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A Different View of ‘Choking’

Oscar Foulkes March 8, 2011 Uncategorized No comments

I grew up with my mother using the words “England expects” as preamble to any important assignment I had, whether it was sporting or academic. It wasn’t that our family has any fealty to England; more that it seemed appropriate to borrow from Admiral Nelson’s “England expects that every man will do his duty”, which was the message that went out to his fleet just prior to the Battle of Trafalgar.

The expectations of a nation are a heavy mantle; especially when either of the Proteas or Springboks (South Africa’s national cricket and rugby teams) take to the field. Sunday’s group stage match in the Cricket World Cup, against England, was no different.

Except, every time the Proteas lose an important match they would have won most other days they are accused of having ‘choked’.

Scoring at three runs to the over, even on a dodgy pitch, is not a tough ask of a team that has aspirations to winning the entire tournament. But, to the disappointment of millions of South Africans, they were bowled out seven runs short of the target, with plenty of balls to spare. Two fours would have done it; a six would have resulted in a tied result. But no, in the final analysis, the team was devoid of the heroics that would have brought victory and honour to the team. How many times have we not seen – in a one-day international – victory being snatched from the jaws of defeat by a single batsman standing tall, smashing the ball to all corners of the stadium?

It is very easy to sit at home, watching the ball spinning harmlessly through the air in slow motion, and suggest that the men did not do their duty. That they choked when confronted with the hugeness of the task at hand.

On the other hand, a group of men (and women) who certainly didn’t choke on Sunday – either literally or figuratively – gathered for a late afternoon lunch at our house. They were predominantly chefs, their spouses and kids, as well as a few foodie-inclined people. The centre-piece of the lunch was slow-roasted shoulder of pork (two of them, to be precise), weighing in at 13kg. It was way too much food, but we knew that only one shoulder would be too little.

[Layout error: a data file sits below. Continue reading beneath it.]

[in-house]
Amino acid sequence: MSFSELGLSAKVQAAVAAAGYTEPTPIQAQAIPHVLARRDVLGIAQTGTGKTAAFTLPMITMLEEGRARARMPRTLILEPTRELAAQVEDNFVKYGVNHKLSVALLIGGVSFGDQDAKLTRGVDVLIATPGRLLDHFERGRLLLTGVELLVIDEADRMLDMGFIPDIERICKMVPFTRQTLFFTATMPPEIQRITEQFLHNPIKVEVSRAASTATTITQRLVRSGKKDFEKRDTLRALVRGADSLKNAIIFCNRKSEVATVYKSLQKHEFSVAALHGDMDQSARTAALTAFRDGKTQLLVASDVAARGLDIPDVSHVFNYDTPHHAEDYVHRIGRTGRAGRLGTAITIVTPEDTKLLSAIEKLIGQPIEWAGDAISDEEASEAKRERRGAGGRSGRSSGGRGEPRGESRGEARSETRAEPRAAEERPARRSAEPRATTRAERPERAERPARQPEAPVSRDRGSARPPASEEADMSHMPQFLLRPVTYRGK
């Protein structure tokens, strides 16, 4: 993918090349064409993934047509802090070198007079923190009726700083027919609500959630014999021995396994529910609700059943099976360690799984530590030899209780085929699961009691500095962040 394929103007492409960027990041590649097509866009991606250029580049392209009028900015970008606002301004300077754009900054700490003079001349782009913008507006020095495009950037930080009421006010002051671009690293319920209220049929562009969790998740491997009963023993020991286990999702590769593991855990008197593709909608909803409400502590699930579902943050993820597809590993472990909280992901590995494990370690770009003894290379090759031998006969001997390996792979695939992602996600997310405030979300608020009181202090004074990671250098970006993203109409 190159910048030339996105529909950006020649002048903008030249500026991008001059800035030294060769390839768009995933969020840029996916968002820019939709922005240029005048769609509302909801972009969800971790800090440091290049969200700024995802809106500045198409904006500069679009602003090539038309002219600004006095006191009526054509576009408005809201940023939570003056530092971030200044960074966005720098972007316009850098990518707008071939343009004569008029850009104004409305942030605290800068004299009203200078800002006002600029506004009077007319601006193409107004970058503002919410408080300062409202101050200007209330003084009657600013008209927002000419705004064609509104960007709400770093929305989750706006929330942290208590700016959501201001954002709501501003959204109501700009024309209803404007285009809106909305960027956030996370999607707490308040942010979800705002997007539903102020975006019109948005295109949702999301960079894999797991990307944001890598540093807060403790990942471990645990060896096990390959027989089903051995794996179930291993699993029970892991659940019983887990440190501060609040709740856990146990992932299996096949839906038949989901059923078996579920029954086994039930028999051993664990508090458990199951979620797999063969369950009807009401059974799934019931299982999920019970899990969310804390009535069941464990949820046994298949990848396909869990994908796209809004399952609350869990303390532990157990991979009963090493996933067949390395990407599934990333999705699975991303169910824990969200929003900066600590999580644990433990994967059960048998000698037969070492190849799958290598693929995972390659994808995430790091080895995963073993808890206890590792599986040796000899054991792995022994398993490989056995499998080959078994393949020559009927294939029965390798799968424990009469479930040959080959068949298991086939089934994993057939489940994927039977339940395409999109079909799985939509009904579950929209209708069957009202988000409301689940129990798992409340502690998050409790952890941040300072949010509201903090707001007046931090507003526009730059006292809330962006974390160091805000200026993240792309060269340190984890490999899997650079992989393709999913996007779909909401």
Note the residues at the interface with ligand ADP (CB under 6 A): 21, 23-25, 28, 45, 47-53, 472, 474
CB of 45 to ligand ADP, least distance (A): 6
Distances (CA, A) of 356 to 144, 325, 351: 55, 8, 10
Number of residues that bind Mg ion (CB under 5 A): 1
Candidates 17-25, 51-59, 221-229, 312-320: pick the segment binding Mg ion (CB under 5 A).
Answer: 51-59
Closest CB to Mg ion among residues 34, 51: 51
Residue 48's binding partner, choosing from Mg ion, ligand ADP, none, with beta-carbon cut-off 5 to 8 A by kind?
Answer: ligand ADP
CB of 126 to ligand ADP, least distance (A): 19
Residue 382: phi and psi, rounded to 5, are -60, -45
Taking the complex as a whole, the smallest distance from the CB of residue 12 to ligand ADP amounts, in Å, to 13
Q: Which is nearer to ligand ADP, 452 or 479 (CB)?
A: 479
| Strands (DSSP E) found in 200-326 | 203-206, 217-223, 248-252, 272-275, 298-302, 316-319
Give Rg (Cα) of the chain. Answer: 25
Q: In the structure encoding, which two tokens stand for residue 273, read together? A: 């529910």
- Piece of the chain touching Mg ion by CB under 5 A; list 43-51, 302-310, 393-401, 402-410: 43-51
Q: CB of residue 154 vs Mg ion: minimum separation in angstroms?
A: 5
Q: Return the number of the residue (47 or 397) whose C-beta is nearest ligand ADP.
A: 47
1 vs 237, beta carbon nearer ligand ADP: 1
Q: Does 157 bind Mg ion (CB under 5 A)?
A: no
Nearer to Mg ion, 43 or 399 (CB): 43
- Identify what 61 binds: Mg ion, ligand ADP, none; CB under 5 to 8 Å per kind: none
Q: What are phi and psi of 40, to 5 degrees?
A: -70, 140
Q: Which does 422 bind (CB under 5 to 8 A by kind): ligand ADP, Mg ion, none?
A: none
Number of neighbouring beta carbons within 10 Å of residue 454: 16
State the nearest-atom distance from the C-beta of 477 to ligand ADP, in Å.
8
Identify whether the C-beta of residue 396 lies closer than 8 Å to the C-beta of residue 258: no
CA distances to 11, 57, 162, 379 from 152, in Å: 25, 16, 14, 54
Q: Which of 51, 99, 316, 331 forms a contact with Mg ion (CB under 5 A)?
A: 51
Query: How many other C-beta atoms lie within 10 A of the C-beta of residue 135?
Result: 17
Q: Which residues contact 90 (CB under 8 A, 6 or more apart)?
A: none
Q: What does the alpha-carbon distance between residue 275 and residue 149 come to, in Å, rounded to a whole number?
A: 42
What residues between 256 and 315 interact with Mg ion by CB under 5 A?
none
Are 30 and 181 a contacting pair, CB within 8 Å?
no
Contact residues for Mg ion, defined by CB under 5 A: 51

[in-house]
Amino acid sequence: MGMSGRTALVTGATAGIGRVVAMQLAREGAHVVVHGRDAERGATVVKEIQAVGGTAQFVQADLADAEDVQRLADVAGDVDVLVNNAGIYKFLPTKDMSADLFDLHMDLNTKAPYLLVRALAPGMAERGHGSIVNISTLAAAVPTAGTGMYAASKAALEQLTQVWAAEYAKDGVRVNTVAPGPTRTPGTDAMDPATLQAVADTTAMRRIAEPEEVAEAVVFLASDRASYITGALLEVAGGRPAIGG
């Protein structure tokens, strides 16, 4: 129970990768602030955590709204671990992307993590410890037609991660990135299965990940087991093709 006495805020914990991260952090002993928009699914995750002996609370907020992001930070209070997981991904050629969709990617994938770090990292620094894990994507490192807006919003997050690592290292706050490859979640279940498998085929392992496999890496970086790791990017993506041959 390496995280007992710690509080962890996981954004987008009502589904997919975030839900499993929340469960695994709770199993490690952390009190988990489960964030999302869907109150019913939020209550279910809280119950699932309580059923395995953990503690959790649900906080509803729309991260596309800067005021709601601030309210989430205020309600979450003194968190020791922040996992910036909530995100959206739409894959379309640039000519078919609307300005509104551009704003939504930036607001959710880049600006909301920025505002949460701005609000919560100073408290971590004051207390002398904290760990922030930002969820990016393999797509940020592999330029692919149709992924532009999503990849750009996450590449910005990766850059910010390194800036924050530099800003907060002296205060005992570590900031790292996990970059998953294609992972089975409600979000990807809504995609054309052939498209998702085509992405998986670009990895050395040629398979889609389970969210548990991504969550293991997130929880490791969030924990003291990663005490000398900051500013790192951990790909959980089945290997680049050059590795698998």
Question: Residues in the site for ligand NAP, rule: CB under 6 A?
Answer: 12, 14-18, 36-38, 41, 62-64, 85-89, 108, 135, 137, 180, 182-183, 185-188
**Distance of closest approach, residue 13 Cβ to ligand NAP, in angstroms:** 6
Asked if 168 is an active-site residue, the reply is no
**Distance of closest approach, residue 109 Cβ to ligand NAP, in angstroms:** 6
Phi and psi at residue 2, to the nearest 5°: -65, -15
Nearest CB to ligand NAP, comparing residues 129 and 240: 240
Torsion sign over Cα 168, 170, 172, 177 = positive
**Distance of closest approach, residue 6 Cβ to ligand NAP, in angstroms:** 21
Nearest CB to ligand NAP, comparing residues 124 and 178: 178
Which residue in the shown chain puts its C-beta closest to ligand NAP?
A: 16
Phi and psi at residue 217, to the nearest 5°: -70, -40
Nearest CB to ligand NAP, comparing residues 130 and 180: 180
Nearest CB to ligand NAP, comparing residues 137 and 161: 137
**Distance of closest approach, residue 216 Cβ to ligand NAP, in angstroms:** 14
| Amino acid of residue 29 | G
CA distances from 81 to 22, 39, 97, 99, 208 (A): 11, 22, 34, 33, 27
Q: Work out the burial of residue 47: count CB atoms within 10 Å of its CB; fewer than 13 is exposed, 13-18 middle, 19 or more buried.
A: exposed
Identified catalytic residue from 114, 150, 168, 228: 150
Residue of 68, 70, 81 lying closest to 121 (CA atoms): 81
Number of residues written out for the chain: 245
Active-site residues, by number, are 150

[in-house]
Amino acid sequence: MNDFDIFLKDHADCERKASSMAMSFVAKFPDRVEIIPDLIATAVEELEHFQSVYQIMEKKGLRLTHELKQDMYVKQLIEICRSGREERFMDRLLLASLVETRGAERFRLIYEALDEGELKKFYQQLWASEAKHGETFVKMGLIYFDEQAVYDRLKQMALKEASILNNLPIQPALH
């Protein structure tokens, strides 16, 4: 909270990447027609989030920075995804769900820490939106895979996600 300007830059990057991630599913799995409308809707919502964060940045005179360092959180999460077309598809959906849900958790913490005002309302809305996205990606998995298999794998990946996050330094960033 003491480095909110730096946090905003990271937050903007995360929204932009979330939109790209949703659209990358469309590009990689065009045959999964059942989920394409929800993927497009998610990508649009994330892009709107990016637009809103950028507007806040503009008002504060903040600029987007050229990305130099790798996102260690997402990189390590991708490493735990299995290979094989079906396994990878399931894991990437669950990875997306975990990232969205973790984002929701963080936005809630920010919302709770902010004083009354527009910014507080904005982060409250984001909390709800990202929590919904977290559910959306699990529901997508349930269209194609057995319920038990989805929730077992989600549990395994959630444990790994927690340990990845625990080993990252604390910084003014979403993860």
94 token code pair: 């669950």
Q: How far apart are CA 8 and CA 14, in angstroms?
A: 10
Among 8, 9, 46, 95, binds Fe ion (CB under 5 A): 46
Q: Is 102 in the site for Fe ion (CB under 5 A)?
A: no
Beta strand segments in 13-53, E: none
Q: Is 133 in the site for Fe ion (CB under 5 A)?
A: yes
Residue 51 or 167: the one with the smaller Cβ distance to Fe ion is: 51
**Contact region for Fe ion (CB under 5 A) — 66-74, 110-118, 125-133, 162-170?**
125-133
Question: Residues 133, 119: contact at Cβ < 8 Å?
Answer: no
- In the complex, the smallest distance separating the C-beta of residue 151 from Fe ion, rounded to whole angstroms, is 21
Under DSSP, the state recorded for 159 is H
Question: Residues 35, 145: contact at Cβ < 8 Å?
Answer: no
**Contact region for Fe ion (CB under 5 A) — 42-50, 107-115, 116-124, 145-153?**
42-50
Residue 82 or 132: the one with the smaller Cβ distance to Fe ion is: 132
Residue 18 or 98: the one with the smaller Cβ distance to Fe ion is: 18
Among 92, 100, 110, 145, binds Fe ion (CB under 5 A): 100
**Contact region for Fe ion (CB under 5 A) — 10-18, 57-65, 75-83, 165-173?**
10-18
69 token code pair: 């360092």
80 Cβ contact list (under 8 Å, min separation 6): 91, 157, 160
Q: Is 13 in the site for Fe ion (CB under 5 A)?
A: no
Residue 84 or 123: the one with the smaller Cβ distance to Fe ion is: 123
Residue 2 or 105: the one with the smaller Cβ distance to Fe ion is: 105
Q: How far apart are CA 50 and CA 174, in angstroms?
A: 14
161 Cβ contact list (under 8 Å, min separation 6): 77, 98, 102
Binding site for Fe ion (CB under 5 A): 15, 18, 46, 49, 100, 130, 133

In cricketing terms, it was a bit like being asked to score 100 overs’ worth of runs in only 50 overs, but the guests went about their eating with such gusto that the leftovers were quite minimal. No-one could accuse them of having ‘choked’!

As an experiment, we cooked the two shoulders slightly differently. Each of them was rubbed with a mixture of fennel seeds and salt, and laid atop a bed of chopped onion, carrot, garlic and fennel bulbs, moistened with a bottle of white wine. They were roasted for about eight hours at 100-degrees. One of them, though, was covered with foil, which trapped the moisture. Just before service we added half a litre of chicken stock to each roasting tray and cranked up the grill to crisp the now-uncovered covered one.

The crackling on the one that had been roasted uncovered may have had the slight edge, but the meat of the covered one was juicier and more tender.

I took a little straw poll amongst the chefs, and we agreed that the best way to get perfect crackling is to remove the skin from the roast, slice it thinly, season it well, and then whack it under the grill. Getting the perfect roast, as well as the perfect crackling, is a lot easier when the processes are separated.

Cricket, of course, is a symbol for gentlemanly behaviour, in which the principles of sportsmanship are theoretically sacrosanct, hence the expression: “It’s just not cricket.” Losing with grace implies that one praises the excellent performance of the winners. To say that South Africa choked yesterday against England is to give insufficient credit to a few excellent balls bowled by the likes of Broad, Anderson and Swann.

The literal meaning of ‘choke’ is to restrict the flow of something. In this case, the flow of runs was constrained by a combination of good bowling and tricky pitch. The Proteas’ batting certainly wasn’t up to par, but was it the product of a psychological problem running through the team? I don’t think so. Golf is perhaps the most ‘psychology-driven’ of all sports, and even the best golfer in the world doesn’t win every tournament he enters.

Saturday’s game against India is a shot at redemption, and I’m pretty sure the Proteas are going to be pumped up for it. South Africa expects.

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